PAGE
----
One word shines through the results of our fifth annual Communications Directors' Survey; measurement. It has always been good to be able to report to your manager a link between PR and business performance, but now it is essential.
Among the tightest squeezes on budgets that most PR chiefs have ever experienced, nearly eight in ten report that they have ring-fenced spending on measurement, even while 30 per cent have cut spend on external agencies entirely. But the majority still look at media coverage to measure the quality of their work (with one wag reporting 'happy CEO' as his or her best indicator).
The need to prove effectiveness also lies behind this year's big new digital obsession - search engine optimisation. So no surprises that executing an effective digital strategy has grown to become the most pressing challenge for comms directors.
'In the past few years the role has become increasingly strategic, as social media's influence permeates all aspects of the communications waterfront,' said Brands2Life co-founder Giles Fraser.
The signs are that the budget and resource squeeze could be about to ease. Redundancies fell over the past 12 months and almost 40 per cent of PR heads are expecting budget increases of anything up to 20 per cent this year. The only fly in the ointment is that a majority expect the public sector cutbacks to adversely affect the amount of money they will be given.
'Most of the survey's conclusions are good news for PROs - more responsibilities but signs of budget growth,' says Fraser.
Watch Brands2Life's Giles Fraser and Cisco's Heather Dickinson discuss the survey at prweek.com/uk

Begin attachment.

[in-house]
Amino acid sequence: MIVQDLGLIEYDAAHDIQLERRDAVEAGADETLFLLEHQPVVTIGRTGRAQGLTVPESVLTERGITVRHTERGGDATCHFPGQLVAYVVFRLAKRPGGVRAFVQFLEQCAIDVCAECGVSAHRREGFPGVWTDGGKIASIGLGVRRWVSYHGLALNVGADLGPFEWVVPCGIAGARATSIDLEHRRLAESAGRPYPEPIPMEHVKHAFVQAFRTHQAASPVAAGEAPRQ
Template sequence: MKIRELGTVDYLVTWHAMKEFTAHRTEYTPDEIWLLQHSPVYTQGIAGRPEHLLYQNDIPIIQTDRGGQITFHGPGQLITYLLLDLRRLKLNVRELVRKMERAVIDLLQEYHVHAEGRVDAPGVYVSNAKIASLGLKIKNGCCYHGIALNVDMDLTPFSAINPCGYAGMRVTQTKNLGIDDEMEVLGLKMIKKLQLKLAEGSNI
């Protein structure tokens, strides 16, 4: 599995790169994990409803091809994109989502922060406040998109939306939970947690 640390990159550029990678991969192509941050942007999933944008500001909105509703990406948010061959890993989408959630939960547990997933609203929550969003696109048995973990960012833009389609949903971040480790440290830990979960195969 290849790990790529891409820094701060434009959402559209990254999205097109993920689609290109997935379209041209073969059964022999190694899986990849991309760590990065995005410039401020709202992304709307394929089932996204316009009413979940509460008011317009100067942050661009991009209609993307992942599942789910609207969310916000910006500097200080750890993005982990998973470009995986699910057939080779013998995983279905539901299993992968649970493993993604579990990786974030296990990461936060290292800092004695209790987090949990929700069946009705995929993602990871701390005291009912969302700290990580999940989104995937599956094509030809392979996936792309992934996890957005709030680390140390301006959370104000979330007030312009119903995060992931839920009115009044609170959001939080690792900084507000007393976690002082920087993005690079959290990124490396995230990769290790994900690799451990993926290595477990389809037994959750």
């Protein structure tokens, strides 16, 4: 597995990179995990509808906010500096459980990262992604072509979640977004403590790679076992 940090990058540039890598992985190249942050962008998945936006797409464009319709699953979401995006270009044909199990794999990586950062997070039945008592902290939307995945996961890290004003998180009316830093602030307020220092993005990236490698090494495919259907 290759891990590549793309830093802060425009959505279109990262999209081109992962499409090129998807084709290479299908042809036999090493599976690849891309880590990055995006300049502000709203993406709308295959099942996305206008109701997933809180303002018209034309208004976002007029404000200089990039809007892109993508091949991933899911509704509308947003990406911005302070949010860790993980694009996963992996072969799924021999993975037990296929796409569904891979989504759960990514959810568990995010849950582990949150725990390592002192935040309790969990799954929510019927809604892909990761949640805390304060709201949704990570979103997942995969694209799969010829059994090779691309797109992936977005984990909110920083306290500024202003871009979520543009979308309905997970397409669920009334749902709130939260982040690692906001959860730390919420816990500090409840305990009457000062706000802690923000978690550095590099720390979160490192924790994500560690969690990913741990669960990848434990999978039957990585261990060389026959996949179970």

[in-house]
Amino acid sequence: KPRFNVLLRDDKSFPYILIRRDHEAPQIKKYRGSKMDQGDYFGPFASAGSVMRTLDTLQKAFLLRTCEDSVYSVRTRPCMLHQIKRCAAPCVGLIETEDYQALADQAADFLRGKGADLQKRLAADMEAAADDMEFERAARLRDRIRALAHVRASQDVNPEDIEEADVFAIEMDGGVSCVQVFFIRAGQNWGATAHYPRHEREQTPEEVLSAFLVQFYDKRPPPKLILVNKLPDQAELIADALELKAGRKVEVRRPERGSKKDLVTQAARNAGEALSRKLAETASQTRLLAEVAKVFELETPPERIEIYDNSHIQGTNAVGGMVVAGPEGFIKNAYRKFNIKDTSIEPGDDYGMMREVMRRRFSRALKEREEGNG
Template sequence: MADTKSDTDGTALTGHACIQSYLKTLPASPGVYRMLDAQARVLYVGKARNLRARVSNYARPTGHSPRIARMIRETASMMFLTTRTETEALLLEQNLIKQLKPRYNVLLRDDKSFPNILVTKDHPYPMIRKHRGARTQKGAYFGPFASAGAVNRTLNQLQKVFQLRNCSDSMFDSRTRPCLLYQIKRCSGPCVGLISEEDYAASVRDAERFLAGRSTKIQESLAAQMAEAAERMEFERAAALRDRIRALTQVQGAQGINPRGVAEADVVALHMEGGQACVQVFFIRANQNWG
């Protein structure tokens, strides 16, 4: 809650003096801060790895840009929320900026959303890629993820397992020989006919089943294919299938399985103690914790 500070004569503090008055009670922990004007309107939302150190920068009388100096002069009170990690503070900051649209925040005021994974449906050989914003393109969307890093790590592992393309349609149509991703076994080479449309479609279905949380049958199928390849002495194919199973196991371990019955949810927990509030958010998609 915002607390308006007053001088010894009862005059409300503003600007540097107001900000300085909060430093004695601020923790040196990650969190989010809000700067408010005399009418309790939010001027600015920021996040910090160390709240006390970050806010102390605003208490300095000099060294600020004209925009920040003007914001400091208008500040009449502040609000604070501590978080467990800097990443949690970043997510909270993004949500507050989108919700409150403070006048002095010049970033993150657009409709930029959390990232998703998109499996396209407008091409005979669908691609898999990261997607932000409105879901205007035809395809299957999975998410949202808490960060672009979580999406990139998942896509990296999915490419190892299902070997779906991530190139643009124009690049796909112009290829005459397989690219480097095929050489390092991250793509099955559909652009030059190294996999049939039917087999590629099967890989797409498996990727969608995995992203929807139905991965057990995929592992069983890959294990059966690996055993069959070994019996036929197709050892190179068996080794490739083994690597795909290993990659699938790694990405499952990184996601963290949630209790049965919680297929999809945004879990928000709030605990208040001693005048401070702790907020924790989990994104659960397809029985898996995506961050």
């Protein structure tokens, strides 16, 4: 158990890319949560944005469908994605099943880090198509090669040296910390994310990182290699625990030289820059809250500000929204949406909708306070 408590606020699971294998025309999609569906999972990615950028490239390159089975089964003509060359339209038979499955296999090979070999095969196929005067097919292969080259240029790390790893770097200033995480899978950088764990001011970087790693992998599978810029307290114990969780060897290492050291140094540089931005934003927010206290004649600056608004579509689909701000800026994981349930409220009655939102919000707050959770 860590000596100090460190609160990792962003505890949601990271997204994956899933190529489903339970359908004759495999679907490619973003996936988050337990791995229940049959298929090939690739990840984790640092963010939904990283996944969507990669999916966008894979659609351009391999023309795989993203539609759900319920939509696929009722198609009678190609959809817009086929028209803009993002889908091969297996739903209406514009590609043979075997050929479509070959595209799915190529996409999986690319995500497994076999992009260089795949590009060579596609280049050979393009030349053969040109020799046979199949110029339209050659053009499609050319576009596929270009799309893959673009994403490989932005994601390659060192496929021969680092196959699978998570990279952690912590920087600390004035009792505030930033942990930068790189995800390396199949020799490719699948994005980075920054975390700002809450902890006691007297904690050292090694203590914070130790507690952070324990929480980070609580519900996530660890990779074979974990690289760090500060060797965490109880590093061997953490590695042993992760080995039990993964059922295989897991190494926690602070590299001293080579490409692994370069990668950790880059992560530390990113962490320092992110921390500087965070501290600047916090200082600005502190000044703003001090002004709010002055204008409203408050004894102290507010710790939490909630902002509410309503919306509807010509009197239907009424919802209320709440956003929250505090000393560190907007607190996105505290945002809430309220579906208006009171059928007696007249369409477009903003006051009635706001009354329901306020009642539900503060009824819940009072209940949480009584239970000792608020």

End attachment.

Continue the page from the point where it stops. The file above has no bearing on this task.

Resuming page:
Given all the redundancies, it comes as no surprise comms directors are having to pitch in with remaining work. Sixty-four per cent of comms directors say they are working longer hours, compared with 52 per cent last year.
In-house redundancies fell over the past 12 months - 27 per cent of comms directors reported losing staff members, compared with 41 per cent last year. But if in-house staffing levels have stabilised, those that are left are being expected to take on work that might previously have been handled by agencies. Thirty per cent of in-house departments entirely cut their use of agencies over the past 12 months, up from 17 per cent the year before. Forty-three per cent of comms directors reported reducing their spend on agency support. Sixty-five per cent predicted further cuts to use of agencies (although this figure is lower than last year's predicted cuts in use of agencies).
HOW I SEE IT - Heather Dickinson, Head of European PR, Cisco
Our department had ten people two years ago and we're now down to five. The work has definitely returned - we've launched a whole raft of products recently - but we haven't been able to get our headcount back. But I honestly think we wouldn't need to return to our previous staffing levels; the recession has forced us to work much more efficiently. We move faster now and, with the help of our agency, we're better at responding to the news agenda by finding angles we can sell in to journalists. We've become more nimble and proactive.
As we move out of recession, a sizeable minority of comms directors are earmarking CSR work as an area worth boosting spend on. Thirty-five per cent reported increasing their budget for this area during the past year, compared with 24 per cent last year. But 42 per cent reported no change in CSR budget.